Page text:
Due to fire Adrenaline Granville is operating out of SOH tattoo at 1068 Granville st. Same Block, Same side. Thank you for your continued support.

Where Should a Tattoo Sleeve End

A tattoo sleeve is a commitment, and as with any commitment you want to put in some careful consideration. You have a general design idea, but now you want to know how far down the arm your sleeve should go. Here’s what you need to know.

6 Things to Consider When Getting a Sleeve Tattoo

Full Sleeve

A full sleeve is what most people consider to be a sleeve tattoo. It runs from the shoulder all the way down to your wrist. The design is typically incorporated around the whole arm, although some people  may prefer to tattoo only the outer and more visible part of the arm to mitigate pain (the inner arm is more sensitive) and to keep costs down (more on budget below).

This is certainly the most “impactful” type of sleeve tattoo.

Half-Sleeve (Upper)

A half-sleeve runs from your shoulder down to the elbow, with the design typically wrapping around your whole arm. Also known as the arm proper (or brachium), the upper arm is composed of the humerus with the elbow joint at its distal end. You will experience more sensitivity around the elbow joint which you may associate as the “funny bone”. It may not be a laughing matter for those with a low threshold for pain, but the result (a great looking half-sleeve) makes it all worthwhile.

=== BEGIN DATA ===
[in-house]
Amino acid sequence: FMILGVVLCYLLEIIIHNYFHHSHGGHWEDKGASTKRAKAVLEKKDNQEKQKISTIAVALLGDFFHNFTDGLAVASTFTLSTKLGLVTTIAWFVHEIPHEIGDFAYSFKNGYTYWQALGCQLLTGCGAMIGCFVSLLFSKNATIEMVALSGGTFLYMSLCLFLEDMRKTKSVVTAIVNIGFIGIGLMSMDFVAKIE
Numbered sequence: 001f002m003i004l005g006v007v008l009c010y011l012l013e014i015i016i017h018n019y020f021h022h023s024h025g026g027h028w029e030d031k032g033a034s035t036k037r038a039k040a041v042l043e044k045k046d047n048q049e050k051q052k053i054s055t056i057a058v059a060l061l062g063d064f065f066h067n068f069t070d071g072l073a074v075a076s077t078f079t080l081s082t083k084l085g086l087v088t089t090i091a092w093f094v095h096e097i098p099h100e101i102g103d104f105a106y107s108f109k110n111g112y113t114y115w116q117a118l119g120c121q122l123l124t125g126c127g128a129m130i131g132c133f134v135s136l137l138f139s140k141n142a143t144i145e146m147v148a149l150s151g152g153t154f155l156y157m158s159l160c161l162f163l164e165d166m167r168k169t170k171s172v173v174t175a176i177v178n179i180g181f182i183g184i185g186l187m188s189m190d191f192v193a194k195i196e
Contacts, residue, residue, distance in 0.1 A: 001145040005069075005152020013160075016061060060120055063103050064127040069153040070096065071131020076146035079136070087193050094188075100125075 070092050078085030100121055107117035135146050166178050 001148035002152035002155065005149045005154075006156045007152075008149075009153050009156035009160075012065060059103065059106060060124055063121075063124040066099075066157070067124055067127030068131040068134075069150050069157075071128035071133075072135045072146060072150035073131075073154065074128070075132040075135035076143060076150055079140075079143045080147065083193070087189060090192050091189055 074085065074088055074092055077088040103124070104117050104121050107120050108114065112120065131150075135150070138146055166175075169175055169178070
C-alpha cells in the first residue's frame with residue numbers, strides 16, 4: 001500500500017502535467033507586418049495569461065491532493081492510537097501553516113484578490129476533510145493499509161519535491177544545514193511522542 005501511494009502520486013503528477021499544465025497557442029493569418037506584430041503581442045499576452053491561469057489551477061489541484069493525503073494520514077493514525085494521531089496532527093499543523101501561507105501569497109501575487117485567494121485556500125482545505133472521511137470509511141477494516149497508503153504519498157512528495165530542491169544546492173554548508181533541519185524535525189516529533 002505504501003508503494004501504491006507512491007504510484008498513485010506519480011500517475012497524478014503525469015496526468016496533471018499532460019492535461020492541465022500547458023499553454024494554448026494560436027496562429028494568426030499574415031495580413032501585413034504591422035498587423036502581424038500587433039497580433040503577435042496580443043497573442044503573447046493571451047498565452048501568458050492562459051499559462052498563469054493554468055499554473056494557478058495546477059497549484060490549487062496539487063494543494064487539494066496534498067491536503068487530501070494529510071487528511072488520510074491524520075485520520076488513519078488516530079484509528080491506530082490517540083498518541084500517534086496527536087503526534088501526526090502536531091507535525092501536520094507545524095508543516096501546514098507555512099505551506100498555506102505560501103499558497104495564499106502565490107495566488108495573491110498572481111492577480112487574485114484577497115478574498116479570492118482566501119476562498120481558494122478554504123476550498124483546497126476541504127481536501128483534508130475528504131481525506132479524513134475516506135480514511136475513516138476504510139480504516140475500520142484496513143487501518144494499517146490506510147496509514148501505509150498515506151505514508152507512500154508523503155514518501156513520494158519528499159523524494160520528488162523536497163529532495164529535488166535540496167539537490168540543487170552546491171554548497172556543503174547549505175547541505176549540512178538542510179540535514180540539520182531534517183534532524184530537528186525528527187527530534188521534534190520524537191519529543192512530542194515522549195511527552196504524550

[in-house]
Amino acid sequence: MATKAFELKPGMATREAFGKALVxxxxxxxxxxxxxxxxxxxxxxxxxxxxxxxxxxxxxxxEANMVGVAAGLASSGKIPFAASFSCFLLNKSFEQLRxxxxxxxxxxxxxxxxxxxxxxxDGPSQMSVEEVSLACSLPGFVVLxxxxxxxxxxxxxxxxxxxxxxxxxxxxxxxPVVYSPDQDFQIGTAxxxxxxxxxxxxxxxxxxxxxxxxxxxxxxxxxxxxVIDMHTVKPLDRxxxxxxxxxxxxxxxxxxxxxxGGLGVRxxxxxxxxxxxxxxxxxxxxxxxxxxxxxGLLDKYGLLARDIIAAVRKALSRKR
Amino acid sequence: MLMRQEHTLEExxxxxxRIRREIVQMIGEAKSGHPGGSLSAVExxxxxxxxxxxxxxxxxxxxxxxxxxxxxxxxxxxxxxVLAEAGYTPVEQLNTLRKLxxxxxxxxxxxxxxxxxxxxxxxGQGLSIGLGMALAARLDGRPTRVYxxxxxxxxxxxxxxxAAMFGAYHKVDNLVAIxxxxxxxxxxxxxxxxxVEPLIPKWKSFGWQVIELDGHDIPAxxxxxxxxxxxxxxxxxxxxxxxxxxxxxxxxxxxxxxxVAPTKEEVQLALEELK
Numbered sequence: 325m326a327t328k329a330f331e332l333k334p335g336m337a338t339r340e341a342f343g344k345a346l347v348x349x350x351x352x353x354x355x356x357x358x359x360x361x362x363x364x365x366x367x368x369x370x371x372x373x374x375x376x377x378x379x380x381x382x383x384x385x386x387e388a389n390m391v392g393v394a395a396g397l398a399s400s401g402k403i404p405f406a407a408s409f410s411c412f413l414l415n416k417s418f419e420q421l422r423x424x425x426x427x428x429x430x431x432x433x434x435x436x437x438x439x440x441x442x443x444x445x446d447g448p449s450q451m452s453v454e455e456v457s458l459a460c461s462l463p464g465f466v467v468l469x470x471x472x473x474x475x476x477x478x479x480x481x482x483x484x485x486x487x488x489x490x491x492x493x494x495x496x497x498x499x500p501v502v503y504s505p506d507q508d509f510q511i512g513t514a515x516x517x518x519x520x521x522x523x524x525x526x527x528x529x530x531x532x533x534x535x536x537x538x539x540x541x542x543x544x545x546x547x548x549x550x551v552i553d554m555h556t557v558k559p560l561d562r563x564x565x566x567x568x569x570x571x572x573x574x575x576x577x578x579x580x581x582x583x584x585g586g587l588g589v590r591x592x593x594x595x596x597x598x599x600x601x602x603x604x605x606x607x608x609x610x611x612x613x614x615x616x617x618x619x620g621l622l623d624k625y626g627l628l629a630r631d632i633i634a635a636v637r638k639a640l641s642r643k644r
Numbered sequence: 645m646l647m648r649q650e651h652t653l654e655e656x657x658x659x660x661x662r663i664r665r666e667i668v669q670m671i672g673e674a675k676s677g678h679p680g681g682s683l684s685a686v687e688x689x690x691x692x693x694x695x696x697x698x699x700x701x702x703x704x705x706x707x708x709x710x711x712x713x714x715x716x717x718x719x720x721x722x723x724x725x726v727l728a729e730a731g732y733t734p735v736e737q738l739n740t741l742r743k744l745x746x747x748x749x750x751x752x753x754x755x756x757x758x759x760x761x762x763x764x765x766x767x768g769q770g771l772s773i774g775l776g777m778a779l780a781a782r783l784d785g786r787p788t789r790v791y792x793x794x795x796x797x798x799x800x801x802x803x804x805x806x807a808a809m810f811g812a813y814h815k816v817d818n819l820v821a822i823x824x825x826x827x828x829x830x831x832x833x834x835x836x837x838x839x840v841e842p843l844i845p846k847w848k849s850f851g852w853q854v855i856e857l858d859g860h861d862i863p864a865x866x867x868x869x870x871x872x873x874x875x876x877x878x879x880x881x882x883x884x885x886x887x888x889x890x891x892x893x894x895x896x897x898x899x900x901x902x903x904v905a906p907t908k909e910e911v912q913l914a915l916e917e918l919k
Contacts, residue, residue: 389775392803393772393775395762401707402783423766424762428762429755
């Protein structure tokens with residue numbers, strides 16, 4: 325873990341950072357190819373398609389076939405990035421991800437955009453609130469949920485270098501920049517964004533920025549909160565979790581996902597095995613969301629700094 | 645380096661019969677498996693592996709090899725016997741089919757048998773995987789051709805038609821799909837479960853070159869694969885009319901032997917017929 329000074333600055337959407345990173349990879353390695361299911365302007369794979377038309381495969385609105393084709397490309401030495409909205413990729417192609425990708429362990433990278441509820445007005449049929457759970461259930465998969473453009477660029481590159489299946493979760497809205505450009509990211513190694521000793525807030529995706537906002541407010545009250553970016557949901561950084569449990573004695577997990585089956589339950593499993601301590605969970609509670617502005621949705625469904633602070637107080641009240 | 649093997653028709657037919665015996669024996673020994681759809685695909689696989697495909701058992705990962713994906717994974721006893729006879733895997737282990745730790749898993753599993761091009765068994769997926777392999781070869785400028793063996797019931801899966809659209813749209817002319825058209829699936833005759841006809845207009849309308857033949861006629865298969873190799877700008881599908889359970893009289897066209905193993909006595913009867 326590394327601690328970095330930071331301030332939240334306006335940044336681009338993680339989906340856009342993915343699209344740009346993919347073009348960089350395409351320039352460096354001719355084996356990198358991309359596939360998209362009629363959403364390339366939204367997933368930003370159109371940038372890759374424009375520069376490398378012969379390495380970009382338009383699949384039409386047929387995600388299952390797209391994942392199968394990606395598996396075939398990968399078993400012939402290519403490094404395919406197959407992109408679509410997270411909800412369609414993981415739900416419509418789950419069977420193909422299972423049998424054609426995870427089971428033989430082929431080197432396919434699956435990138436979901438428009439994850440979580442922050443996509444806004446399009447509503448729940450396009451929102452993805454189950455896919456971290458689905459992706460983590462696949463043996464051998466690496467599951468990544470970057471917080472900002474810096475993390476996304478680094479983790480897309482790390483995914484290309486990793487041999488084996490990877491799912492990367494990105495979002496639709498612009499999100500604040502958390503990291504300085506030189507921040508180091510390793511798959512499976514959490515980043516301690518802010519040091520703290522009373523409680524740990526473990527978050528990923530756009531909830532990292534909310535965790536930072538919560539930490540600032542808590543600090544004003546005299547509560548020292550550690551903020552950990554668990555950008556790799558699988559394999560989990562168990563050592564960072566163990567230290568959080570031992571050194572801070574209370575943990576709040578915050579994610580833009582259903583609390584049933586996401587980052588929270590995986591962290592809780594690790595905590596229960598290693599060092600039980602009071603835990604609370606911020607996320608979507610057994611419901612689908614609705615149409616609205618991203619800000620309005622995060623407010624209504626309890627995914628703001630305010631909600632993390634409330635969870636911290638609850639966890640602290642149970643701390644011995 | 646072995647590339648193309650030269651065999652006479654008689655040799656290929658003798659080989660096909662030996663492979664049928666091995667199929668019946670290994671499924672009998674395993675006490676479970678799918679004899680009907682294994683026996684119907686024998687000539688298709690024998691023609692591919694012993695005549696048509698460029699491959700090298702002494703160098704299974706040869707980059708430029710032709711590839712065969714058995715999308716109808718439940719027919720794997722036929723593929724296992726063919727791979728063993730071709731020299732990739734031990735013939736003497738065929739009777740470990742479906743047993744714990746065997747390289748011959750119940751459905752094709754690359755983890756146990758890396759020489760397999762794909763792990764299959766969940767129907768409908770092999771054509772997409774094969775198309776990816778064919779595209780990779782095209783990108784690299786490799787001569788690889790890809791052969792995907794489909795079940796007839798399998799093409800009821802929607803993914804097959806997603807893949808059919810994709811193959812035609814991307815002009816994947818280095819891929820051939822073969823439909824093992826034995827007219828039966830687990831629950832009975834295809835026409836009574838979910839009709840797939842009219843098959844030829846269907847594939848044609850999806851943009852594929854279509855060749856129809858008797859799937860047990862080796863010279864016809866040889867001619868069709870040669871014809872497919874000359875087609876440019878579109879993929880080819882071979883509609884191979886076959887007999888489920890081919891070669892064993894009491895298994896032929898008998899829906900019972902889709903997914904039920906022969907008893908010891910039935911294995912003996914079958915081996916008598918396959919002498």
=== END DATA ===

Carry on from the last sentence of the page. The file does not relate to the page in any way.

A half-sleeve is also perfect for those who want an impactful tattoo but may need to hide it at their place of work.

Half-Sleeve (Lower)

Alternatively a half-sleeve can run from the elbow down to the wrist. This is technically considered to be a forearm sleeve. Semantics aside it’s a great way for clients to get the full sleeve “effect” without committing to an actual full sleeve. Unless you’re wearing a tank top or hiked-up t-shirt it will appear as if you have a full sleeve.


A quarter-sleeve runs from the shoulder halfway down the upper arm before reaching the elbow. The design wraps around the whole area. This is a great entry tattoo for those who want a half or full sleeve one day, but for whatever reason (time, budget, or current profession) need to wait.

Your Budget

Logically, the cost for this tattoo concept coincides with the type of sleeve (as per above) you desire. If you want a full sleeve but can’t afford it, start with a half or quarter sleeve. Then follow our guide for how to save money for a tattoo to complete the rest!

The Design / Concept

In the end, there’s nary a more important consideration than the design/concept you want for this important tattoo. The greater the story you want to tell with your design the more canvas you need. But again, the design can also unfold in stages. The beginning of your story can be told with a quarter sleeve tattoo, then when ready it can evolve with another visit to your tattooist for the rest. If this is your game plan, try to map it out over a year or two at most because you want to make sure that your tattooist will still be available to complete the work. For this reason it will be important for you to schedule a consultation (versus a walk-in) and discuss the longterm plans with your tattooist.

Contact an Adrenaline Studios near you (Greater Vancouver or Toronto area) to schedule your consultation.